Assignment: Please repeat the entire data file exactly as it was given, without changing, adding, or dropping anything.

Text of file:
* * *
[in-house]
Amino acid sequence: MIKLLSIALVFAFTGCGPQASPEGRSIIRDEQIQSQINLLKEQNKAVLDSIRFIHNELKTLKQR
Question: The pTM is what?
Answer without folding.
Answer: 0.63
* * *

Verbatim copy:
[in-house]
Amino acid sequence: MIKLLSIALVFAFTGCGPQASPEGRSIIRDEQIQSQINLLKEQNKAVLDSIRFIHNELKTLKQR
Question: The pTM is what?
Answer without folding.
Answer: 0.63